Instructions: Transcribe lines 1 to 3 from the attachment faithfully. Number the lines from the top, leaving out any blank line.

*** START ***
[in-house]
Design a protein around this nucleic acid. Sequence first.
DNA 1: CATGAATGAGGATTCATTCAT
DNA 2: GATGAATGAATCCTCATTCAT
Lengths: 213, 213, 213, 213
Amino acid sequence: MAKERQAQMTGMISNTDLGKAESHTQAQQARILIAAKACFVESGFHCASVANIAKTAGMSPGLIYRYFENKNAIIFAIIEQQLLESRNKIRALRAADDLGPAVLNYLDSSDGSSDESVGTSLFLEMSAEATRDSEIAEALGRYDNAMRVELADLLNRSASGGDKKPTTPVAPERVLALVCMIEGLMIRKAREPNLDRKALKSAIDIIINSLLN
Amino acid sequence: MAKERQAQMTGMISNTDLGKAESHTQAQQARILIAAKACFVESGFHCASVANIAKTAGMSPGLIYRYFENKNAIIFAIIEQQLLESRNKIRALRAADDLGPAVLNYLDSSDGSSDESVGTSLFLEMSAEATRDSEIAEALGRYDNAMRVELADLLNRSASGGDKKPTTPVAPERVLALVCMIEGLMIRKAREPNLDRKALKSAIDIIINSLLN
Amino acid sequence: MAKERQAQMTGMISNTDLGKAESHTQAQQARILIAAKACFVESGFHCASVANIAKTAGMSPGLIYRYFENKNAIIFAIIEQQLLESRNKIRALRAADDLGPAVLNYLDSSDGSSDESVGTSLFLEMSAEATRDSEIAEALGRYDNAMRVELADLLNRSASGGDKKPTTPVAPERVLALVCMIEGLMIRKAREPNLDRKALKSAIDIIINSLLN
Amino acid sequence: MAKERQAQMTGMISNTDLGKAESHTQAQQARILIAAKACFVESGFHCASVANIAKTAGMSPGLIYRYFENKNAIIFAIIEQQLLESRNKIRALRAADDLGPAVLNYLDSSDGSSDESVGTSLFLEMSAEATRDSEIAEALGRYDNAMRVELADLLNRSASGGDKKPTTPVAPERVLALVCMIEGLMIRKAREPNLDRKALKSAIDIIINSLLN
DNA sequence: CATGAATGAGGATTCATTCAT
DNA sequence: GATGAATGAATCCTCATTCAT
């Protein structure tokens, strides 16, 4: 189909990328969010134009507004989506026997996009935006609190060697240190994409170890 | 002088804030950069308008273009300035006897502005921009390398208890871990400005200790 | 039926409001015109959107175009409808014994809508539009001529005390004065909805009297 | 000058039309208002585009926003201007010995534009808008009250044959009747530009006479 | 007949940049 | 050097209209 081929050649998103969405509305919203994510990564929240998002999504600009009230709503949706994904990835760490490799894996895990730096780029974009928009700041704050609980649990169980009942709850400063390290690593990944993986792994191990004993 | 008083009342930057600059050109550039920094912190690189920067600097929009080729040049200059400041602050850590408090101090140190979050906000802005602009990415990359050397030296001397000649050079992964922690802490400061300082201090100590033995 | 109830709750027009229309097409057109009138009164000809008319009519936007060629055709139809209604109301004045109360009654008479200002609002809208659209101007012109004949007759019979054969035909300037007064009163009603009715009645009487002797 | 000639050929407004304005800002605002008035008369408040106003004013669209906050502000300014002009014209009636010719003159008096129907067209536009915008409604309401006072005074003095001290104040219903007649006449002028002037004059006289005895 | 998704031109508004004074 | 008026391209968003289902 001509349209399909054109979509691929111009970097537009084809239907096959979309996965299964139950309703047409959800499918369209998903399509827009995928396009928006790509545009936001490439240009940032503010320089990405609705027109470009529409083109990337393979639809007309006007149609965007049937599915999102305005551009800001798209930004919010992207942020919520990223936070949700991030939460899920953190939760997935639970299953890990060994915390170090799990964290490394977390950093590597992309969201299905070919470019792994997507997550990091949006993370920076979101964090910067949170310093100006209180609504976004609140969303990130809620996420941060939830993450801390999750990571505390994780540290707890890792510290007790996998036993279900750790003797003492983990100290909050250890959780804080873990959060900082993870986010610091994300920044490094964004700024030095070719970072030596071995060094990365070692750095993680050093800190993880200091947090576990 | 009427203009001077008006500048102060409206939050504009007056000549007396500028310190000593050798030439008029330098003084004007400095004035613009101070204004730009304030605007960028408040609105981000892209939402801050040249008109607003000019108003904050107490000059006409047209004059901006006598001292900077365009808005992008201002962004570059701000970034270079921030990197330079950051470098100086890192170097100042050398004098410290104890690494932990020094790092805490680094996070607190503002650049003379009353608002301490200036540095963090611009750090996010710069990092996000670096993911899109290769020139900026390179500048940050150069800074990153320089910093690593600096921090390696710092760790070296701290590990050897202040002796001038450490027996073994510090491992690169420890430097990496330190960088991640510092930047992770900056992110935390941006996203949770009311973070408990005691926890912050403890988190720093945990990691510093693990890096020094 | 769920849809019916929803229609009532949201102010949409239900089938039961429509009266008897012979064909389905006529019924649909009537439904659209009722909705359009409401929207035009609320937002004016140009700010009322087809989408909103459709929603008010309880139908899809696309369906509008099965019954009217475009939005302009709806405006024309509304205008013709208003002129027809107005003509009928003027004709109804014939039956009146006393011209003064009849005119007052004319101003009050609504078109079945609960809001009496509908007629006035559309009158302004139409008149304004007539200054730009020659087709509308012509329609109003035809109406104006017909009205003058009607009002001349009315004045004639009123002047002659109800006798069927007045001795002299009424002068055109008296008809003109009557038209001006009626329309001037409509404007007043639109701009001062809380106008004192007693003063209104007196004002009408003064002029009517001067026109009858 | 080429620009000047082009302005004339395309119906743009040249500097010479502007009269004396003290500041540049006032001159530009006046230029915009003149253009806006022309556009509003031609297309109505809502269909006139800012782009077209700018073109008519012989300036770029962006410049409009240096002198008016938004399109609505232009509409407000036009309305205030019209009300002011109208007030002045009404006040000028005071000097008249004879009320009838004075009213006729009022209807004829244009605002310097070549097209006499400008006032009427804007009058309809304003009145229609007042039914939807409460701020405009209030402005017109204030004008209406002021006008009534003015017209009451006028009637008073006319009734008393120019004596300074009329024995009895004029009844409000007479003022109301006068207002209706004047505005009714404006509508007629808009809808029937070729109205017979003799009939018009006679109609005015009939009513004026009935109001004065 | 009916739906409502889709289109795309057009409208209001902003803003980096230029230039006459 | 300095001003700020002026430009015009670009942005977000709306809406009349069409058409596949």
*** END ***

[in-house]
Design a protein around this nucleic acid. Sequence first.
DNA 1: CATGAATGAGGATTCATTCAT